Vilma was thrust into the F9000 prematurely in 2164 to replace the late Jann Shlaudecker at Piranha, having been long associated with the young Brazilian's career. Whist 2164 and '65 hadn't been broadly successful, he did keep up constant point scoring positions, including his first win at the new Vohl Square 1 course. Very quickly, Vilma fell within good favour of Piranha's director Aries Piermont, and the two would struck up a strong friendship until Piermont's death.

    This special bond would see Vilma given a special craft for 2166 that was tuned to best suit his flying style. This potential was realised at Florion Hieghts where Vilma lapped half the pack and eliminate two others to score a memorable second win. However, the consistency of the defending champion Belmondo was a big threat to Vilma's championship hopes. Coming into the final round at Vohl Square 2, Vilma was only 4 points behind Belmondo and knew that a win would nearly guarantee him the title, so long as Belmondo finished third or lower. Sure enough, Belmondo lead for the majority of the race, but a well timed Gravity bomb by Vilma saw Belmondo lose several positions and would've gave Vima the title. However, an elimination along with her 4th place finish saw her equal with Vilma, but Vlima's 3 wins against Belmondo's two made Vilma the first Brazilian champion in almost 50 years. Vilma dedicated the win to his former team-mate Shlaudecker.

    As much as it seemed the sport was getting better, behind the scenes it was only getting back to what it used to be. The pressure on the AGF and the influence of Overtel saw different aspect of the recommendations to be warped or completely forgotten: teams were allowed to resume craft development in 2167 without the AGF's framework "claiming" the AGF had discussed the framework with the teams and a scheme for pilot education was completely forgotten. There were even plans in the works for new circuits to be built at places like Japan and on Mars to the old standard pre-2164.

    Something had to give, and that something was Auricom. Finally fed up of Overtel's influence of the sport, Gideon Oldfield announced in January 2168 that Auricom will withdraw from the F9000, claiming irregularities in the rules made the sport unviable for the team. Although it had been long speculated that Auricom would leave since the F9000 was announced, but the decision to leave for real shocked the AG community, and prompted Overtel to look at the sport in detail. Over the course if 2168 and '69, Overtel laid plans to settle the sport down to a more manageable level to entice Auricom to return. Some of these changes were to take effect for the 2170 season.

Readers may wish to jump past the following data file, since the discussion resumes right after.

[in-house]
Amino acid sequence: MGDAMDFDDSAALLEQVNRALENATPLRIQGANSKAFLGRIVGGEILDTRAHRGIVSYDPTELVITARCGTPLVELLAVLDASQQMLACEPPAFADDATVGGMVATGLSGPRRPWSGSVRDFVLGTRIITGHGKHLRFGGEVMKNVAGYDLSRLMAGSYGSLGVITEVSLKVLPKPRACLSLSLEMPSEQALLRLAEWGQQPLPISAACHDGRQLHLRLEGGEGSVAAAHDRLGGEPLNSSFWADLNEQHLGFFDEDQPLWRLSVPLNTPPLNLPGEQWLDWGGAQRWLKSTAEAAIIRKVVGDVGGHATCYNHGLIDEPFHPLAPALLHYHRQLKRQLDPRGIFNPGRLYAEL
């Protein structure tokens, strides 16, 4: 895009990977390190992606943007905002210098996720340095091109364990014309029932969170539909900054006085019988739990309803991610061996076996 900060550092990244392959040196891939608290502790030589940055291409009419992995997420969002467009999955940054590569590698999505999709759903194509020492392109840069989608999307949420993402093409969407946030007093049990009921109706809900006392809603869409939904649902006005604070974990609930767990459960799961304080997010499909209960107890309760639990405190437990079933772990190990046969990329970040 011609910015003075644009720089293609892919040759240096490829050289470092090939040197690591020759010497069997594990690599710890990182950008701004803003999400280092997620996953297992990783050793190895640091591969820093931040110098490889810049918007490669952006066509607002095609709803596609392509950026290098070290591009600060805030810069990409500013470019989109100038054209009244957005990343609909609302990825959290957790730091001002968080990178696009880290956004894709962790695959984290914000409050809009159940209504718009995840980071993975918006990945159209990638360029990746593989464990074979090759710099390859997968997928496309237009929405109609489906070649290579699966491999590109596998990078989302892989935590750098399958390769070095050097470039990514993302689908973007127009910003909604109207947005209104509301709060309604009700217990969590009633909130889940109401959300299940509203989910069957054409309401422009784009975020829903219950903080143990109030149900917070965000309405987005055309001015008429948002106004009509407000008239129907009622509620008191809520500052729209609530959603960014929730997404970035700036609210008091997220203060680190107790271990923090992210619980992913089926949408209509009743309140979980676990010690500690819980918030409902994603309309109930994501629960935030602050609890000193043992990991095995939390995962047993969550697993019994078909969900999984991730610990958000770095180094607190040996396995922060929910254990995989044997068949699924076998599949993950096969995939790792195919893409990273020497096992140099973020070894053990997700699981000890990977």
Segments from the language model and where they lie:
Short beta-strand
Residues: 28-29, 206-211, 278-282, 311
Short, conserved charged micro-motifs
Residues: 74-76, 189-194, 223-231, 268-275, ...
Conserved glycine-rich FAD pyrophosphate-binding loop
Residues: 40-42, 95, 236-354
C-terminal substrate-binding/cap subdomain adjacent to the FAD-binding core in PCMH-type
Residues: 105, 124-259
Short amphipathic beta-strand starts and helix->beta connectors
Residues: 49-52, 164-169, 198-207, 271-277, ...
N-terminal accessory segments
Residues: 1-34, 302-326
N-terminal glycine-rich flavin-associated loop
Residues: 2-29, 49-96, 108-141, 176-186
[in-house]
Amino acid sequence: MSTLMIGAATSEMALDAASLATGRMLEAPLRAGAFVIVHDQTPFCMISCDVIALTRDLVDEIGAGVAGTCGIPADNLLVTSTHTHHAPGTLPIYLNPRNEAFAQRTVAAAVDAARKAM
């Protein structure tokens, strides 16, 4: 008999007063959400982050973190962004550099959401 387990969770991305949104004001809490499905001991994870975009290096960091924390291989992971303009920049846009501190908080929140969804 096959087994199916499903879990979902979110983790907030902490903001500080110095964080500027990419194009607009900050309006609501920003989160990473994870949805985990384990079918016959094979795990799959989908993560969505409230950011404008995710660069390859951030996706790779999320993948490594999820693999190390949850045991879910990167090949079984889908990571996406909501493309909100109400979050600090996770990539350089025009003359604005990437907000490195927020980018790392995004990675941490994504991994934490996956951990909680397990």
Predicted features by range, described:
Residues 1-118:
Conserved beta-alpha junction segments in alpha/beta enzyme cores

Not wanting to leave quietly, Auricom pulled all their resources to make sure that the Series 4 T-808 was unbeatable. Sure enough, Pascale Rouser (who was with Auricom throughout the F9000 era) dominated 2168 with three wins and a second for good measure. Albeit in the shadow of his teammate, Mexico's Marco Cortez scored enough point to help Auricom take the constructor's title from Xios. Oldfield's last words to Humeau, and to the rest of the F9000 were "This started with us; so it'll end with us", hinting at the League's mortality. Van-Über would follow at the end of the following season.

    Thus, the 2170 F9000 looked to be a new page in the F9000 story: all the crafts had reached the zenith of their current designs (which dated to the start of the league in 2156) and a new battle was taking place between Vilma, Belmondo and Australian Zack Graham, grandson of world champion Austen. The first three round of the year were evenly matched between the three, but Vilma got the edge over his rivals at Mandrashee and Cubiss Float, giving him a 2 point lead heading into the penultimate round of the season at Alca Vexus. However, whilst the race was starting, the Anti-Gravity Purity Coalition appeared with staggering news.

    The Coalition had acquired and extensive amount of incriminating evidence against Overtel, accusing them of gross corruption spanning several decades, and in particular the roughing of the F9000 to suit their ambitions. Images of these files were stream to all broadcasters of the race amongst other news stations. Knowing of the potential threat of retaliation by the crowd on the race, it was immediately halted within minutes of the start (all of the craft were stationary on the grid anyway) and all the teams evacuated to their respective bases.